The incredible guitar virtuosity from the likes of Joe Satriani, Eric Johnson and Stanley Jordan all rely on their string-picking proficiency being registered by the instrument's pickups. These vibrations are then transformed into electrical signals and sent off to an amplifier for our listening pleasure. Using such a setup, string movement can only be read on one axis, the horizontal. The 3Dxy pickup system reads each string twice, on both the horizontal and the vertical and is said to result in a rich, surround sound effect called natural stereo.  Read More

Stick an iPad on your fridge with the FridgePad

Computers have already conquered the study and the lounge room and have been making steady inroads in their assault on the kitchen with devices such as Internet capable fridges and digital recipe readers. As soon as the iPad was released, more than a few people were pondering its potential as a kitchen computer to provide the functionality of these devices and more. Heck, a few creative types even mounted iPads into their cupboard doors. For those of you who like the idea of a kitchen iPad but perhaps aren't that handy with a jigsaw, you might try the FridgePad.  Read More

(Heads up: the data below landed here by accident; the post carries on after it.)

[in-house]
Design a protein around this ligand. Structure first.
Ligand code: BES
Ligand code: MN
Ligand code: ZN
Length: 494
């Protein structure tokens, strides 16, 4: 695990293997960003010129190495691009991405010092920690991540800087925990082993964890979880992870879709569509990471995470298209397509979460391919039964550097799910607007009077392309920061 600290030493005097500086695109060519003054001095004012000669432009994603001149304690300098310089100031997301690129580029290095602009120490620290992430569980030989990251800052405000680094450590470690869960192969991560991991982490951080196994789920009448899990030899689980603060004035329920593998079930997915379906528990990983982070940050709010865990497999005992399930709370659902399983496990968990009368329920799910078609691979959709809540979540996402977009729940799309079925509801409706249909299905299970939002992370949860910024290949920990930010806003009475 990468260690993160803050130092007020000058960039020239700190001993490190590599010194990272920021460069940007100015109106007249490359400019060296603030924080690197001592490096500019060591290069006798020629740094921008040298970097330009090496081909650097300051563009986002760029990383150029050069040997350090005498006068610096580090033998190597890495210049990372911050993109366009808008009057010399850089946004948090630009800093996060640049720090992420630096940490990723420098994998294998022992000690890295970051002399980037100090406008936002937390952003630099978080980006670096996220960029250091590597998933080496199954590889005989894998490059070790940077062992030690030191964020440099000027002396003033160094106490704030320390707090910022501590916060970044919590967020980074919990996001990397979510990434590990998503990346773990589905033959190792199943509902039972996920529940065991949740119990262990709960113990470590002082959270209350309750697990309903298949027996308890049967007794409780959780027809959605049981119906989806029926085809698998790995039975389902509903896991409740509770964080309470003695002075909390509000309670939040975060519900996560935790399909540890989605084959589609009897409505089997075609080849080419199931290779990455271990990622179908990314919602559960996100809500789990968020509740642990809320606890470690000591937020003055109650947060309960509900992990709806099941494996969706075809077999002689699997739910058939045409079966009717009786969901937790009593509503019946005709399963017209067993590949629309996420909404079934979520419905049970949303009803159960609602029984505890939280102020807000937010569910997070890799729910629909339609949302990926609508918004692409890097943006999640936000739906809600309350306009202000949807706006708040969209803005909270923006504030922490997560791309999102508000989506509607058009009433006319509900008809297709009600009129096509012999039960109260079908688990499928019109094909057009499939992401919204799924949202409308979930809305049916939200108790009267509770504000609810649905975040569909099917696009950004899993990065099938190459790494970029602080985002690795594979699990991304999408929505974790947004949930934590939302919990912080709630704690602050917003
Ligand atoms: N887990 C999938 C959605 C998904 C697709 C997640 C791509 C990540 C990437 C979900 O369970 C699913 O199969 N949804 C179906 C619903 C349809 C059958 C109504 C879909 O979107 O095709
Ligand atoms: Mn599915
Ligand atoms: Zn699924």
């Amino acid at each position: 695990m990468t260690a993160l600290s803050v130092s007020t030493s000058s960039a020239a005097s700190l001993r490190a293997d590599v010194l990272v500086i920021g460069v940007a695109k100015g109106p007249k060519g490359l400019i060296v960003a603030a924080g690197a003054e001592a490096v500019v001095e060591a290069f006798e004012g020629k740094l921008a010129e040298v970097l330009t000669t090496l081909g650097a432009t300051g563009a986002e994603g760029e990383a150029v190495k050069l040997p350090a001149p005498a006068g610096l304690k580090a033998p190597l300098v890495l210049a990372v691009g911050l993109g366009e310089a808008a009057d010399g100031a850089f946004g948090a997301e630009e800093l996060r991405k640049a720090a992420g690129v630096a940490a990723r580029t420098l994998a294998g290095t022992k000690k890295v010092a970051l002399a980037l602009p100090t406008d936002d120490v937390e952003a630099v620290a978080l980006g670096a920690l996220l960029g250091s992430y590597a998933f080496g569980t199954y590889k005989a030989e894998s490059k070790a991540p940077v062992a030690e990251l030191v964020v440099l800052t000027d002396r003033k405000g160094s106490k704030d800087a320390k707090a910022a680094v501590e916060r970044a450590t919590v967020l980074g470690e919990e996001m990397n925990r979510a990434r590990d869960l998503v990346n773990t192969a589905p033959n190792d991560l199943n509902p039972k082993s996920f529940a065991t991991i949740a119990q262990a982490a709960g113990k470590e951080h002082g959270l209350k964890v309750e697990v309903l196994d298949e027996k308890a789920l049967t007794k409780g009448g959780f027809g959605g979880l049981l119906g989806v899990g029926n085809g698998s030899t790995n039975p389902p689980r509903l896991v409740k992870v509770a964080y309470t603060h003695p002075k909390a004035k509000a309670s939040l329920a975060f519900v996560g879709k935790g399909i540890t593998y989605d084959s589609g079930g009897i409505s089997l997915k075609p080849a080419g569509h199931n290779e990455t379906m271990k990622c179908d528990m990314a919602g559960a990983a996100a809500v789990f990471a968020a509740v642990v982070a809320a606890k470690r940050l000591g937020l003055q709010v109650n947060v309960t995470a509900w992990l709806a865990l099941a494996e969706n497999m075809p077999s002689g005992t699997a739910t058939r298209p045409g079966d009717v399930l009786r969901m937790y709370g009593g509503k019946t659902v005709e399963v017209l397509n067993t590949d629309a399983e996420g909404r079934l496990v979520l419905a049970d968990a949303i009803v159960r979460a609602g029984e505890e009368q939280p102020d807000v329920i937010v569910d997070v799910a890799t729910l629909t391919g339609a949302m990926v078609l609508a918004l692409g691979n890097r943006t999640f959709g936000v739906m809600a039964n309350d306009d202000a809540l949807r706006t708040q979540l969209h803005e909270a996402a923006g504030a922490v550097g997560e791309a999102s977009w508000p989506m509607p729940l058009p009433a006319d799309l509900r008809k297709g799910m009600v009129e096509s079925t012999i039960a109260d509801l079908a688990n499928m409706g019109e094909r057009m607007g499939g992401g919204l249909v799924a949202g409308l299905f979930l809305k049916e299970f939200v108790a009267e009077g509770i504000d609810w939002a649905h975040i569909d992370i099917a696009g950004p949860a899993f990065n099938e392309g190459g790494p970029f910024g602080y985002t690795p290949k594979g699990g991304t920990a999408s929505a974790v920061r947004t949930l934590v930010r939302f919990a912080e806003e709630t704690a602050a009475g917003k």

Scanning tunneling microscopy image of a graphene nanobubble, where the hexagonal two-dime...

Graphene, the one-atom-thick material made up of a honeycomb lattice of carbon atoms, has produced yet another in a long list of experimental surprises. Its remarkable properties have already got researchers excited regarding its applications for faster computers, cheaper and more efficient batteries and vastly higher density mass data storage. Now researchers have reported the creation of pseudo-magnetic fields far stronger than the strongest magnetic fields ever sustained in a laboratory – just by putting the right kind of strain onto a patch of graphene. The breakthrough could have far reaching scientific applications.  Read More

Fotopro's RM-110 tripod